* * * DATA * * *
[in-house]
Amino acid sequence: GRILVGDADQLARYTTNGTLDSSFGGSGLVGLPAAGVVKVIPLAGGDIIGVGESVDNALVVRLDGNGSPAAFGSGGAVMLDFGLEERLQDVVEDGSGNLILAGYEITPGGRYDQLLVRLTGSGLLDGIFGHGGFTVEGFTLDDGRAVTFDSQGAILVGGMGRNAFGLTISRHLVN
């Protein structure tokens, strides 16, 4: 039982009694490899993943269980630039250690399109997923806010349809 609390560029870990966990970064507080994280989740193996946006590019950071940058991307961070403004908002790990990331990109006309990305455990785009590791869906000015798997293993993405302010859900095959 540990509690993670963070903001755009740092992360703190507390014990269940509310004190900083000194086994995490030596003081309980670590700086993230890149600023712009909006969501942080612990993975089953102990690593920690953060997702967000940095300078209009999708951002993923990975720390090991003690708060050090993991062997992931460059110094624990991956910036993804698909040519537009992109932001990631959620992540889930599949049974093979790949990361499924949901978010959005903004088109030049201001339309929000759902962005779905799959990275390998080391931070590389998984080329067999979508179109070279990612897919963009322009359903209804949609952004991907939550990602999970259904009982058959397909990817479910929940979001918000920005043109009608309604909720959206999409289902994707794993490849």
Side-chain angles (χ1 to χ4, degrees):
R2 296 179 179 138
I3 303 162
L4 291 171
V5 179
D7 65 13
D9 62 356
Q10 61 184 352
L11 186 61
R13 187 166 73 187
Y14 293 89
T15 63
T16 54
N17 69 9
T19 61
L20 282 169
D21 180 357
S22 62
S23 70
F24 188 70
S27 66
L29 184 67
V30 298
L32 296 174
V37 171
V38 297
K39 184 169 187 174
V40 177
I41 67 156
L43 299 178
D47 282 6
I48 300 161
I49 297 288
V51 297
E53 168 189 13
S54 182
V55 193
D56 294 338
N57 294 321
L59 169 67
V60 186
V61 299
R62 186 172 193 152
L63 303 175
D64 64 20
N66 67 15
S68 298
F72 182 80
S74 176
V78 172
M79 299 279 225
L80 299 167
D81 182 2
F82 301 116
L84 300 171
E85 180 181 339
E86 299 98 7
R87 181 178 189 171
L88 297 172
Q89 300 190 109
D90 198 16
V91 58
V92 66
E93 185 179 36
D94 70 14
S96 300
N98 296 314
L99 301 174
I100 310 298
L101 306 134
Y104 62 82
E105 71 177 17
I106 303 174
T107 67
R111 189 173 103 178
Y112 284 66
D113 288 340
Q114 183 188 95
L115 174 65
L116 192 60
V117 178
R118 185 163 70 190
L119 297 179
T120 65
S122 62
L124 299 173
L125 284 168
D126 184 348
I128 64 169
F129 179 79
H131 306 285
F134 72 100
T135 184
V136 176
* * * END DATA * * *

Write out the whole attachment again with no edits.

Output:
[in-house]
Amino acid sequence: GRILVGDADQLARYTTNGTLDSSFGGSGLVGLPAAGVVKVIPLAGGDIIGVGESVDNALVVRLDGNGSPAAFGSGGAVMLDFGLEERLQDVVEDGSGNLILAGYEITPGGRYDQLLVRLTGSGLLDGIFGHGGFTVEGFTLDDGRAVTFDSQGAILVGGMGRNAFGLTISRHLVN
């Protein structure tokens, strides 16, 4: 039982009694490899993943269980630039250690399109997923806010349809 609390560029870990966990970064507080994280989740193996946006590019950071940058991307961070403004908002790990990331990109006309990305455990785009590791869906000015798997293993993405302010859900095959 540990509690993670963070903001755009740092992360703190507390014990269940509310004190900083000194086994995490030596003081309980670590700086993230890149600023712009909006969501942080612990993975089953102990690593920690953060997702967000940095300078209009999708951002993923990975720390090991003690708060050090993991062997992931460059110094624990991956910036993804698909040519537009992109932001990631959620992540889930599949049974093979790949990361499924949901978010959005903004088109030049201001339309929000759902962005779905799959990275390998080391931070590389998984080329067999979508179109070279990612897919963009322009359903209804949609952004991907939550990602999970259904009982058959397909990817479910929940979001918000920005043109009608309604909720959206999409289902994707794993490849």
Side-chain angles (χ1 to χ4, degrees):
R2 296 179 179 138
I3 303 162
L4 291 171
V5 179
D7 65 13
D9 62 356
Q10 61 184 352
L11 186 61
R13 187 166 73 187
Y14 293 89
T15 63
T16 54
N17 69 9
T19 61
L20 282 169
D21 180 357
S22 62
S23 70
F24 188 70
S27 66
L29 184 67
V30 298
L32 296 174
V37 171
V38 297
K39 184 169 187 174
V40 177
I41 67 156
L43 299 178
D47 282 6
I48 300 161
I49 297 288
V51 297
E53 168 189 13
S54 182
V55 193
D56 294 338
N57 294 321
L59 169 67
V60 186
V61 299
R62 186 172 193 152
L63 303 175
D64 64 20
N66 67 15
S68 298
F72 182 80
S74 176
V78 172
M79 299 279 225
L80 299 167
D81 182 2
F82 301 116
L84 300 171
E85 180 181 339
E86 299 98 7
R87 181 178 189 171
L88 297 172
Q89 300 190 109
D90 198 16
V91 58
V92 66
E93 185 179 36
D94 70 14
S96 300
N98 296 314
L99 301 174
I100 310 298
L101 306 134
Y104 62 82
E105 71 177 17
I106 303 174
T107 67
R111 189 173 103 178
Y112 284 66
D113 288 340
Q114 183 188 95
L115 174 65
L116 192 60
V117 178
R118 185 163 70 190
L119 297 179
T120 65
S122 62
L124 299 173
L125 284 168
D126 184 348
I128 64 169
F129 179 79
H131 306 285
F134 72 100
T135 184
V136 176